One of the best sequences in the movie is when Bond is left standing on a small island in the center of a group of hungry crocodiles and alligators. Unfortunately, another sequence involving speed boat chases goes on much too long and does not have the desired effect of enthralling us. Kananga's ultimate fate in the end comes off as utterly ridiculous and laugh-inducing in the way it's handled, even if the idea itself was inspired. The worst offense of all, though, has to be the addition of a really stupid and annoying backwards southern sheriff named J.W. Pepper, who is an embarrassing disgrace to this series as a comedic foil, and who was incomprehensibly brought back for next year's THE MAN WITH THE GOLDEN GUN! I wonder if he was the inspiration for Jackie Gleason's character in SMOKEY AND THE BANDIT?
The best thing about LIVE AND LET DIE turns out to be the classic title song by Paul McCartney. Too bad it wasn't used to accompany a better Bond film. Former Beatles producer George Martin takes on the score, but it's not a very good one. The constant re-use of the "Live and Let Die" instrumental theme becomes grating after awhile. **1/2 out of ****
Roger Moore had an unenviable task in his first outing as James Bond.The character had been introduced by Sean Connery some twelve years earlier,so we were already well familiar with the character.Moore's task was to bring his own unique style to the role and not end up looking like a Connery wannabe.He pulled it off rather well in story much different than previous Bond films had given us.The villains here,are for the most part,black,which was a gutsy move.Although the film is guilty of looking rather like a cheesy blaxploitation film,due in part to it's dialog,it does,at least in my opinion,turn out rather likable and exciting,with Yaphet Kotto making an excellent villain,and the ever lovely Jane Seymour as Solitaire is very easy on the eyes.Also,you have to love Clifton James' performance as J.W. Pepper,even if the character does seem rather stereotypical.Overall,a very different and likable Bond experience.
You don't review James Bond movies, you evaluate them, rate them
according to how well they meet expectations. There are certain things
one has come to expect, even demand of a Bond film and each individual
effort either delivers or it doesn't. So, here are ten elements that
make a Bond film a Bond film and how LIVE AND LET DIE rates on a scale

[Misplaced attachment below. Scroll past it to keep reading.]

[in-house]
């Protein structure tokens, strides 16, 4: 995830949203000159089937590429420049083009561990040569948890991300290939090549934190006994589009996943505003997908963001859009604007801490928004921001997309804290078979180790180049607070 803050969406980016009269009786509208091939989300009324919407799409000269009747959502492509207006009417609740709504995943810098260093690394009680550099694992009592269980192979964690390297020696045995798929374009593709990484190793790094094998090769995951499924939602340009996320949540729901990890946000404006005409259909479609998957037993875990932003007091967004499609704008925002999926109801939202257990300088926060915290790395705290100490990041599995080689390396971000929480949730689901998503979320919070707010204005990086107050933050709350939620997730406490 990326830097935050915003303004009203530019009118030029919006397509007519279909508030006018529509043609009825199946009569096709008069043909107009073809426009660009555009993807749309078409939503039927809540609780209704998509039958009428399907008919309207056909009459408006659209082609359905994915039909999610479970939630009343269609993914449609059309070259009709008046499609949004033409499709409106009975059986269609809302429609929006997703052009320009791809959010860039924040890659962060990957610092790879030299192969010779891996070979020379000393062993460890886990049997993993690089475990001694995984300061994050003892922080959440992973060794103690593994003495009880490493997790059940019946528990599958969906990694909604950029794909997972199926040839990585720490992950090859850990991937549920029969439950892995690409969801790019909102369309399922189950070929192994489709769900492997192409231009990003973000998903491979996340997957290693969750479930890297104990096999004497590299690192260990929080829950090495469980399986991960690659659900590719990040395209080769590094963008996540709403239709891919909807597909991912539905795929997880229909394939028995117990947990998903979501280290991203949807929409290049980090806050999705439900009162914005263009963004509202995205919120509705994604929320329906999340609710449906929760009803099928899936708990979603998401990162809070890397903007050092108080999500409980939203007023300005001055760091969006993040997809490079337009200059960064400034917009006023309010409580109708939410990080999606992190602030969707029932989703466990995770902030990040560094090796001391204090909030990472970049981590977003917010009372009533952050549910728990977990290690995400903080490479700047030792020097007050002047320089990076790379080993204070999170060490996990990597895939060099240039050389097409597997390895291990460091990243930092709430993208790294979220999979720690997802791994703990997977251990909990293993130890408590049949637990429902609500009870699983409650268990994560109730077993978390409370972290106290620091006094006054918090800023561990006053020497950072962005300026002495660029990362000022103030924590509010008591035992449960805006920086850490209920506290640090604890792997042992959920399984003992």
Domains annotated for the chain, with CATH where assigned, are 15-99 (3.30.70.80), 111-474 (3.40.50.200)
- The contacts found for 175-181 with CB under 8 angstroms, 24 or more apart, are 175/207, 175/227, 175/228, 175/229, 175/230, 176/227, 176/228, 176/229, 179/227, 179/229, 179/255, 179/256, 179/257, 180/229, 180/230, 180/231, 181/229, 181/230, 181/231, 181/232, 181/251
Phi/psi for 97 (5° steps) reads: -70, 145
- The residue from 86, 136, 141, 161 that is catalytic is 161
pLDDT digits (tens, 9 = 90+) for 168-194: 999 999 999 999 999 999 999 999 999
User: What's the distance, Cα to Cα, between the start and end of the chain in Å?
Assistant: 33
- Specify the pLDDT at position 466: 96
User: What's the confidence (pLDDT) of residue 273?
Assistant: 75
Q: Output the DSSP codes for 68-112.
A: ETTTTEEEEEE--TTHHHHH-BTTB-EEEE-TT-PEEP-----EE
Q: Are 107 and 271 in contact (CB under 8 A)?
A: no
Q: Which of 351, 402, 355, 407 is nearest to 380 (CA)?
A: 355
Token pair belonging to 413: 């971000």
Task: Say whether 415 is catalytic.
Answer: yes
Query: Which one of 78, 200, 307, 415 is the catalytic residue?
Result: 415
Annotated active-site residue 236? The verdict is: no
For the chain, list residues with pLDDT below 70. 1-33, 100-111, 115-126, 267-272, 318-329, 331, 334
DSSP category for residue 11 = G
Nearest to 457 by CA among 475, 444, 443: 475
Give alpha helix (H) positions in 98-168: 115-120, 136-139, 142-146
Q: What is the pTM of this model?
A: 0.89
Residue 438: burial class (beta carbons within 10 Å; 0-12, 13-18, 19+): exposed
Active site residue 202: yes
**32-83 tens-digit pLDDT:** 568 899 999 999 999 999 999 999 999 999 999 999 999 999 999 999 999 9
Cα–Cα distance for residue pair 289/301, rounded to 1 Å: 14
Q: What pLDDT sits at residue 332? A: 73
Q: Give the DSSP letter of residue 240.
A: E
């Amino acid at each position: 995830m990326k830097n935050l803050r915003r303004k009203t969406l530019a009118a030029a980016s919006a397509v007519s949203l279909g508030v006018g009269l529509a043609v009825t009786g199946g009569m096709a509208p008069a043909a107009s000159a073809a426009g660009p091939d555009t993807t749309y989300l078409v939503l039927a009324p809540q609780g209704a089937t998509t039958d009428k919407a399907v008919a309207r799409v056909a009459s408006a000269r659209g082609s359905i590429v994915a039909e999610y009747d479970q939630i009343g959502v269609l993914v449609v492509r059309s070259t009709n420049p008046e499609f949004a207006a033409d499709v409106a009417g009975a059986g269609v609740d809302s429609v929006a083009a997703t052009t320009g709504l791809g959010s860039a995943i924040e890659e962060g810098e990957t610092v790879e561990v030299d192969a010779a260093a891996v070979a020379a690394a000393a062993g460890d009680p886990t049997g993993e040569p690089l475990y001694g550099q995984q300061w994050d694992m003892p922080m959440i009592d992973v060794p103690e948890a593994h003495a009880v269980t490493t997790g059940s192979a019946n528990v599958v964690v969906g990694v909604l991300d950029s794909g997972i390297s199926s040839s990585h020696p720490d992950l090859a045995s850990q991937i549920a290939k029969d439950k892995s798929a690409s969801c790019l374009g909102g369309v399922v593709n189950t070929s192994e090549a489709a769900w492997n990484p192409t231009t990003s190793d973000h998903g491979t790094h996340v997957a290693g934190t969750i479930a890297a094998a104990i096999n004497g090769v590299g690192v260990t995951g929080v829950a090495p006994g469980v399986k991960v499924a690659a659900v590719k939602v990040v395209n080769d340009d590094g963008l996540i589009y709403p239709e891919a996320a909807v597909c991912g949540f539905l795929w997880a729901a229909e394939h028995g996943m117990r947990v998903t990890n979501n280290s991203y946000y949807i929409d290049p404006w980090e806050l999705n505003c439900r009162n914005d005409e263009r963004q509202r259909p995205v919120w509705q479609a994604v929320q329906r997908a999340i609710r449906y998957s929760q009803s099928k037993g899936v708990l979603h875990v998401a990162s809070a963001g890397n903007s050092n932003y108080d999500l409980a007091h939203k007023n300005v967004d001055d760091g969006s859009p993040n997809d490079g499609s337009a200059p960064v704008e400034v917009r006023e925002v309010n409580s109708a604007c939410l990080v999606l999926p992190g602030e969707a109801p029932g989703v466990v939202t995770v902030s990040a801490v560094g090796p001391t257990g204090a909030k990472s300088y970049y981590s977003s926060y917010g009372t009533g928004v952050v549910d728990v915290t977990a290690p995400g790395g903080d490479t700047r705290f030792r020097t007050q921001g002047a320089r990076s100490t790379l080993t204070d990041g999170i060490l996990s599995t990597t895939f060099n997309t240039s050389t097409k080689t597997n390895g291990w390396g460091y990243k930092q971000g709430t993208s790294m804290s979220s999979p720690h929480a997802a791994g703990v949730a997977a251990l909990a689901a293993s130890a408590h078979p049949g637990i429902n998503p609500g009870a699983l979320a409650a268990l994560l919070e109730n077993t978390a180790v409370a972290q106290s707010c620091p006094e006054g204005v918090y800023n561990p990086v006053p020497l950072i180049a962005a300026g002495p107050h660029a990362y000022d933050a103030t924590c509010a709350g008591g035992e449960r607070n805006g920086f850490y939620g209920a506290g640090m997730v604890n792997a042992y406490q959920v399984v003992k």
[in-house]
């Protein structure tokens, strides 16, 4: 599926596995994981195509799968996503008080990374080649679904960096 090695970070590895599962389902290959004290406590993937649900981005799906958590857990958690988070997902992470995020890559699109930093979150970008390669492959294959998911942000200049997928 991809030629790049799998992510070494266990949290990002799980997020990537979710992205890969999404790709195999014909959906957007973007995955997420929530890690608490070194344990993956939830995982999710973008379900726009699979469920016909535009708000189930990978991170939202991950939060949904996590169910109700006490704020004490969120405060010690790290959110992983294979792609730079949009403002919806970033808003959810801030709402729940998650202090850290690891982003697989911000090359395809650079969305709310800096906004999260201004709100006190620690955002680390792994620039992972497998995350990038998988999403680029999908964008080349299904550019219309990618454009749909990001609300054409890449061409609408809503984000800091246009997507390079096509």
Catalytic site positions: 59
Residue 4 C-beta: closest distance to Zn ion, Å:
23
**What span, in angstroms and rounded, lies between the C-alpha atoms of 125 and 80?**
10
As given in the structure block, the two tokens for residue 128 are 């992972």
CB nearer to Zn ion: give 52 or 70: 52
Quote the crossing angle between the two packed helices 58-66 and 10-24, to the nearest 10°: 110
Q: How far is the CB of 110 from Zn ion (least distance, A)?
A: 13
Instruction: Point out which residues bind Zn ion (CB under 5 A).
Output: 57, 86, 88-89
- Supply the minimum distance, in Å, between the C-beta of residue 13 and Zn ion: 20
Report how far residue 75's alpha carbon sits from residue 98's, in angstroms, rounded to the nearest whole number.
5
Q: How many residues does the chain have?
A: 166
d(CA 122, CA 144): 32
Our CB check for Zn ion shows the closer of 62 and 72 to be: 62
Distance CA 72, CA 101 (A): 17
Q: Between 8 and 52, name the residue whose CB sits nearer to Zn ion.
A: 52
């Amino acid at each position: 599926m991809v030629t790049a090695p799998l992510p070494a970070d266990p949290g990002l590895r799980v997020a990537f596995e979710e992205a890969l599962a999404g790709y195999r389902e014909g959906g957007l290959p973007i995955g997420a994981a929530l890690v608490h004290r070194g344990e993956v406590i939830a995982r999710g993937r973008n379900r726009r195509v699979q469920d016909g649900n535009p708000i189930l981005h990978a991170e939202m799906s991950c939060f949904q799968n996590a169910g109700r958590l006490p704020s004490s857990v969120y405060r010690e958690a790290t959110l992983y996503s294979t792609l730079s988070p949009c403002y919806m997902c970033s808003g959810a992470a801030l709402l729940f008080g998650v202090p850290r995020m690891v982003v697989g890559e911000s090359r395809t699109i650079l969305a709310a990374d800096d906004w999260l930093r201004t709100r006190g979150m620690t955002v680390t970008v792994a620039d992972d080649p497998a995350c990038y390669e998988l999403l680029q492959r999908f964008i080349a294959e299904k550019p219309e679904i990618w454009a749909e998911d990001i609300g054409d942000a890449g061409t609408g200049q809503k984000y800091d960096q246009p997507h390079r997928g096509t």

of 1 to 10:
Title: LIVE AND LET DIE: It has that wonderful twist that turns a cliché inside out. And it certainly captures the spirit of the Bond films and their casual amorality. 10 points.
Pre-Credit Teaser: Among other things, it has a jazzy New Orleans funeral that begins before the deceased is even deceased, an indication that the film isn't going to take things all that seriously. And it nicely introduces the themes of the movie: politics, voodoo and black pop culture. 8 points.
Opening Credits: With flaming skulls and writhing beauties, the reliable Maurice Binder is back in form again with a clever montage tying together images of sex and violence with a bit of gruesome black magic. A nice mix of the exotic, erotic and the grotesque. 8 points.
Theme Song: A post-Beatles Paul McCartney steps up to deliver a hard-edged Bond anthem that is more "Band on the Run" than "All You Need is Love." Far less coy than the lush ballads that proceeded it, "Live and Let Die" is nonetheless just as cynical. Definitely not a silly little love song. 9 points
"Bond, James Bond": Sean Connery is gone, once and forever (yeah, right). But Ian Fleming's first choice for the part, Roger Moore, slips into the part with very little fuss or bother. It would be a couple more films before he is completely comfortable in the role, but he does establish that his Bond is as unflappable as his predecessor -- and he is snappier dresser. 7 points.
Bond Babes: Rosie Carver just might be absolutely the worst female agent with which Bond ever crossed paths and not a particularly alluring Bond Girl either. And Gloria Hendry's terrible performance doesn't help much. Fortunately, her near hysteria is balanced by Jane Seymour's subtle, low key performance, putting her on par with Diana Rigg as a Bond Girl who is more actress than pretty set decoration. The odd gimmick that Seymour's Solitaire is a tarot-reading psychic who garners her powers from her virginity is a dubious twist -- though not an obstacle for Bond. 8 points.
Bond Villain: Perhaps in response to the then-growing trend toward blaxplotation films, LIVE AND LET DIE gives us the first Bond villain played by an African-American. And Yaphet Kotto seems to have no reservations about mocking the black stereotypes. He plays the Jekyll-Hyde role of Kananga, a seemingly respectable diplomat from some obscure Caribbean island, and Mr. Big, a pimp-daddy crime lord. Kotto seems to be enjoying his role, while not letting things go over the top. He's worthy of an "8," but dock him one point for dying the most unbelievable death in any of the Bond films. 7 points.